In the world of modern dating, our generation is so intrinsically focused on personal gratification that we fail to recognize the value of true companionship. The lust for experience, the need for options, and the overall desire to be available to all has caused a total distortion of what it means to genuinely care about another person. Everyone’s terrified of getting emotionally destroyed, so we invariably end up destroying each other.
Looking back on my romantic history, beginning from the playground years, I came to the innate realization that as we get older, we increasingly gravitate towards the pressure to be casual and drift away from the acknowledgment of ourselves as emotional beings. People everywhere, myself included, have in many instances attempted to numb emotional harm under the impression that life is easier when feelings aren’t dealt with and emotions are kept under control. When we trade emotional power for emotional detachment, we inevitably wind up oppressed by the feelings we convince ourselves we shouldn’t have.
One of my favorite movies is 500 Days of Summer. For those who haven’t seen it: it’s an unconventional love story that doesn’t exactly end with a “happily ever after.” Tom, a seemingly normal, put-together guy is totally taken aback by his new co-worker, Summer, who is full of spontaneity and life. Throughout their relationship Tom is more in love with Summer than Summer is with Tom. She completely captivates him, colors his world, and ultimately, breaks his heart. When she finds someone with the spark she was never sure of with Tom, she gets engaged and lets Tom go.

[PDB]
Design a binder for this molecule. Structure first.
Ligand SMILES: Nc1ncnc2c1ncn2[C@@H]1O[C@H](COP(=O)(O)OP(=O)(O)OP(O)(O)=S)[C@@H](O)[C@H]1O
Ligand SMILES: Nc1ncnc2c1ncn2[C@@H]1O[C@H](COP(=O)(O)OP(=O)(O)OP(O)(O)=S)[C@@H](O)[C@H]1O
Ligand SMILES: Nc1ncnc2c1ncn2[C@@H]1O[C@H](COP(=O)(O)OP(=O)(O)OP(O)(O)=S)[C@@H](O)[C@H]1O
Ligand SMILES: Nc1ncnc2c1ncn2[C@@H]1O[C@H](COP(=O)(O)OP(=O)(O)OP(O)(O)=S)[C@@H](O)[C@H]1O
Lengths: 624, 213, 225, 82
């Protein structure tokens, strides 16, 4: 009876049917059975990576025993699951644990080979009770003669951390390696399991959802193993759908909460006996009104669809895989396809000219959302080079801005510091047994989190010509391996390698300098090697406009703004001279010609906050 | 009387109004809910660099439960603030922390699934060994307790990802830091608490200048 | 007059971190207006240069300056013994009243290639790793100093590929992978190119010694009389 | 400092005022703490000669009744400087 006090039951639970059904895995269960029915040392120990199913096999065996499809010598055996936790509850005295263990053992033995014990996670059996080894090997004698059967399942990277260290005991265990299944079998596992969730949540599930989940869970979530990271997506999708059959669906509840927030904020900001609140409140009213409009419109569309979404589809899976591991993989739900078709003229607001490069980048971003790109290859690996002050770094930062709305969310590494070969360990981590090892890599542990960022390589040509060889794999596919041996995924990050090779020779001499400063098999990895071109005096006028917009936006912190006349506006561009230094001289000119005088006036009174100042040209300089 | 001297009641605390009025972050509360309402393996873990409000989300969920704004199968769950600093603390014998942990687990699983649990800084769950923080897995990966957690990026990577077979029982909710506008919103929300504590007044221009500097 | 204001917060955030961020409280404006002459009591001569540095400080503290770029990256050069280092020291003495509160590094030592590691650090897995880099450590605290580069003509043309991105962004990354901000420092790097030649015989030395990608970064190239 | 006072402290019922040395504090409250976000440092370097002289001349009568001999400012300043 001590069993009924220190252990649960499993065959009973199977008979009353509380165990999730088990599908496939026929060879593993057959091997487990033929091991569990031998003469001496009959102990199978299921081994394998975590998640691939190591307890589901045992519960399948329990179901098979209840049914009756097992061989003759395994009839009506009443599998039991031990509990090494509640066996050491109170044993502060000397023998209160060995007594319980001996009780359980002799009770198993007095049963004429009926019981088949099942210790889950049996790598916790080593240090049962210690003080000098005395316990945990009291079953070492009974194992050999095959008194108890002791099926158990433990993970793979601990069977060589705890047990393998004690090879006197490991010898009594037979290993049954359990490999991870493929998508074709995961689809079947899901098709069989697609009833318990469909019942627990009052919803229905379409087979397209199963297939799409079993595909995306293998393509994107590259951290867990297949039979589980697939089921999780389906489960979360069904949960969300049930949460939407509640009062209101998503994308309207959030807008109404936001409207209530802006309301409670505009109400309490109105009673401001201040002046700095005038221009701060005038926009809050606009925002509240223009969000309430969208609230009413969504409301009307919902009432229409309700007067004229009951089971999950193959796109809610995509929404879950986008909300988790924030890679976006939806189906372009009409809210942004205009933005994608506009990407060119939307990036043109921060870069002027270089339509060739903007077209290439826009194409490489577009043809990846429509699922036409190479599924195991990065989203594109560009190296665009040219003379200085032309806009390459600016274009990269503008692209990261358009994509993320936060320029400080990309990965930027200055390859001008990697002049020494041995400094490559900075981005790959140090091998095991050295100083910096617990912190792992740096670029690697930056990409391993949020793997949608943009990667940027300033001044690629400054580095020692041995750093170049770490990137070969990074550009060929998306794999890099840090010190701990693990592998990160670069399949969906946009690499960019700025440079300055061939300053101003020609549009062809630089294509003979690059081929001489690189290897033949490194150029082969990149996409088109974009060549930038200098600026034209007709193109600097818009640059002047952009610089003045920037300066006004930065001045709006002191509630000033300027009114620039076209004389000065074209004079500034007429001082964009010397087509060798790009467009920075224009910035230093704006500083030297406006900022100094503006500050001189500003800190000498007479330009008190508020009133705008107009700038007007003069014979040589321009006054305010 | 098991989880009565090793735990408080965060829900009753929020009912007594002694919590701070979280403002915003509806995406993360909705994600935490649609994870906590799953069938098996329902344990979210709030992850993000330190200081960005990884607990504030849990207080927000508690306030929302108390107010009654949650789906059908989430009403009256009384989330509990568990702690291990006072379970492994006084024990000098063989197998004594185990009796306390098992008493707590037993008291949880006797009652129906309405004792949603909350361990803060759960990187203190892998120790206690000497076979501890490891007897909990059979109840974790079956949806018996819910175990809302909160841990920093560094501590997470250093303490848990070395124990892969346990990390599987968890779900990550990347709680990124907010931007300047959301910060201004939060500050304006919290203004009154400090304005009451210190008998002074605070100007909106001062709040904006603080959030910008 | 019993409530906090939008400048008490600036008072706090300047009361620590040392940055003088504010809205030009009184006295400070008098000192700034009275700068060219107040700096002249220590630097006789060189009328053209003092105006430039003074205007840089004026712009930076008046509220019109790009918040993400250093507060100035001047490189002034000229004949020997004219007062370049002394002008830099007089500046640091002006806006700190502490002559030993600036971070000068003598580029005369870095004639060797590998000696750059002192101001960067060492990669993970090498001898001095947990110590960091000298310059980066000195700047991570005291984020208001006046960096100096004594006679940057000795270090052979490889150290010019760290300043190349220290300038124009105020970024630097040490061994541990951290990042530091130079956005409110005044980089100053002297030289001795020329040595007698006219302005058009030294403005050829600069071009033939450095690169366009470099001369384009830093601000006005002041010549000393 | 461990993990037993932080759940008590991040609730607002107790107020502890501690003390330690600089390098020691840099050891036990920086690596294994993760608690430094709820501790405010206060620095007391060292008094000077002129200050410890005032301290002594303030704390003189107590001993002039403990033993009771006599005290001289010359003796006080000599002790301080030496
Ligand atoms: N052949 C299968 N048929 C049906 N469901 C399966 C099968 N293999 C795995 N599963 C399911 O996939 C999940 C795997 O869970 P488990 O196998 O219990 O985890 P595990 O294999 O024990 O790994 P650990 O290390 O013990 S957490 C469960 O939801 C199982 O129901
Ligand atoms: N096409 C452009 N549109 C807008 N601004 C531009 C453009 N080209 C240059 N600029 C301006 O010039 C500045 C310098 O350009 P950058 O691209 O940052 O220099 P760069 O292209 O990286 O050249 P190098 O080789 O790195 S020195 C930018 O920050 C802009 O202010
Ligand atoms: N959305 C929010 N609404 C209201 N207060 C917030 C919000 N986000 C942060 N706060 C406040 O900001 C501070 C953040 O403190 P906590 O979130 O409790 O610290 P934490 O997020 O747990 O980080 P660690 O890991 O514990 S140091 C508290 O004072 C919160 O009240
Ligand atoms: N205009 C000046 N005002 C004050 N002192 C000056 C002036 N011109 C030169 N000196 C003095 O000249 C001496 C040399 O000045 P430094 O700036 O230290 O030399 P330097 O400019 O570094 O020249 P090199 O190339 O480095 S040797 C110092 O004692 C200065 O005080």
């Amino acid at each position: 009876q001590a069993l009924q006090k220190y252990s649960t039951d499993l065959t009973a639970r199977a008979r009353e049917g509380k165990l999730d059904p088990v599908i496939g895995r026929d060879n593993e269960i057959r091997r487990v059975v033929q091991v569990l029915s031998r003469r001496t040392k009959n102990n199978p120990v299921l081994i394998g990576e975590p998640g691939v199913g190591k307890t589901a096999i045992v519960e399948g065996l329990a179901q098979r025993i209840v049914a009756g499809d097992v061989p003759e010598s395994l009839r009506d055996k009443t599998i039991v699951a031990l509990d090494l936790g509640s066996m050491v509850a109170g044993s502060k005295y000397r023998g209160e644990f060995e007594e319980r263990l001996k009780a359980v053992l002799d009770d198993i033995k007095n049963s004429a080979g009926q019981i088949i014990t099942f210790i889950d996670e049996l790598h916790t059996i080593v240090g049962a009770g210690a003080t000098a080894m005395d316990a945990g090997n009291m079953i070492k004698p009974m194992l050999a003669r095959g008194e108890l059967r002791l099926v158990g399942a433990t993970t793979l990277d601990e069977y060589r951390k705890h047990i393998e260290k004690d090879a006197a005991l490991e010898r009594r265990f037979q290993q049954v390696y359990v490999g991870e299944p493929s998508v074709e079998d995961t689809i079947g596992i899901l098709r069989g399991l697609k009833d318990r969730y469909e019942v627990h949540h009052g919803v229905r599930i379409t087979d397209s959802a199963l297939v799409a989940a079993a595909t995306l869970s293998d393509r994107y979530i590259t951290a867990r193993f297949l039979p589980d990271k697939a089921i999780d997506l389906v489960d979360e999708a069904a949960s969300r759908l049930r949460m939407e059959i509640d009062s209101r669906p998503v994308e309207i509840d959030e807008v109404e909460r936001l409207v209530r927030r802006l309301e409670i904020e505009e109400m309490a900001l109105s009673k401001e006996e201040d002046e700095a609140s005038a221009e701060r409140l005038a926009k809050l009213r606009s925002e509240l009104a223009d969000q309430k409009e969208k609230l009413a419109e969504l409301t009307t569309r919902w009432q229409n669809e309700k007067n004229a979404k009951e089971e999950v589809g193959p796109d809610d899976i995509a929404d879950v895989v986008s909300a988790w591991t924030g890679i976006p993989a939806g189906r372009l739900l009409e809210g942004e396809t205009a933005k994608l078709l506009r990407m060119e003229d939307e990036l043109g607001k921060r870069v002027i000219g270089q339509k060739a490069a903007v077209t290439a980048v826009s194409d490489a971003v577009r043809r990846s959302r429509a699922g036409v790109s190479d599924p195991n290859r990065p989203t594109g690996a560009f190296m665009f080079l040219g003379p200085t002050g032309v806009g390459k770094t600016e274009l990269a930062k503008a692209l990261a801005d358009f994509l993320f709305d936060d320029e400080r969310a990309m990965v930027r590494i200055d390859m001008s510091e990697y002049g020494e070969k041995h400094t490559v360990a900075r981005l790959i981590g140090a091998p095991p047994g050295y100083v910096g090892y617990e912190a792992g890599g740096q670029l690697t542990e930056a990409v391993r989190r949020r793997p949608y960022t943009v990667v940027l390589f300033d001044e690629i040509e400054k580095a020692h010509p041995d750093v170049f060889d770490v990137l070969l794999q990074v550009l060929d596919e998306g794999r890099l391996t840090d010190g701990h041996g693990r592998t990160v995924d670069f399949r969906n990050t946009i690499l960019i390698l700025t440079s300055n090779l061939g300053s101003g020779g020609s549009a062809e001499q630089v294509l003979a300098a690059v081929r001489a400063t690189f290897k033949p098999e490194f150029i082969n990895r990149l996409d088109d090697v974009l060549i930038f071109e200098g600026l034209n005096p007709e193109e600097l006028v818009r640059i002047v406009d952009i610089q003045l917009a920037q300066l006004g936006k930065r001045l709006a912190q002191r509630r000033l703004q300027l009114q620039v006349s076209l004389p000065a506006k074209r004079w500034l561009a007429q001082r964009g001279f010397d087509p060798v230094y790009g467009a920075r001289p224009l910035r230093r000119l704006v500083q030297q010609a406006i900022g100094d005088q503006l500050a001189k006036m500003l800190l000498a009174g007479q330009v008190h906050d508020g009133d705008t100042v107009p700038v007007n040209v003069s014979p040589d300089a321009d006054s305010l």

The underlying flaw with so much of our generation is that we all want to be Summer. We all want people to love us, want us, desire us, but in reality, sometimes we’re the Tom. We get so scared of letting go, of not feeling important, when the truth is: it’s irrelevant. Some ex’s will remember you, some won’t. You have a right to move on as well. The Summer-Tom scenario demonstrates how sometimes the only thing two people have in common is their assumed fascination for one another, no matter how dysfunctional. And sometimes people think that’s enough, without realizing it’s okay to let go of people who aren’t right for us, regardless of how we feel about them, or vice versa. “Right timing” isn’t total B.S., but that’s still only half of the equation. I think people should stop focusing on being the Summer, and embrace being the Tom. It’s okay to be let down, to be heartbroken, to be the one who doesn’t realize things won’t work. Life still moves on. People will come and go, but you will always stay constant and sometimes, that’s enough to move forward.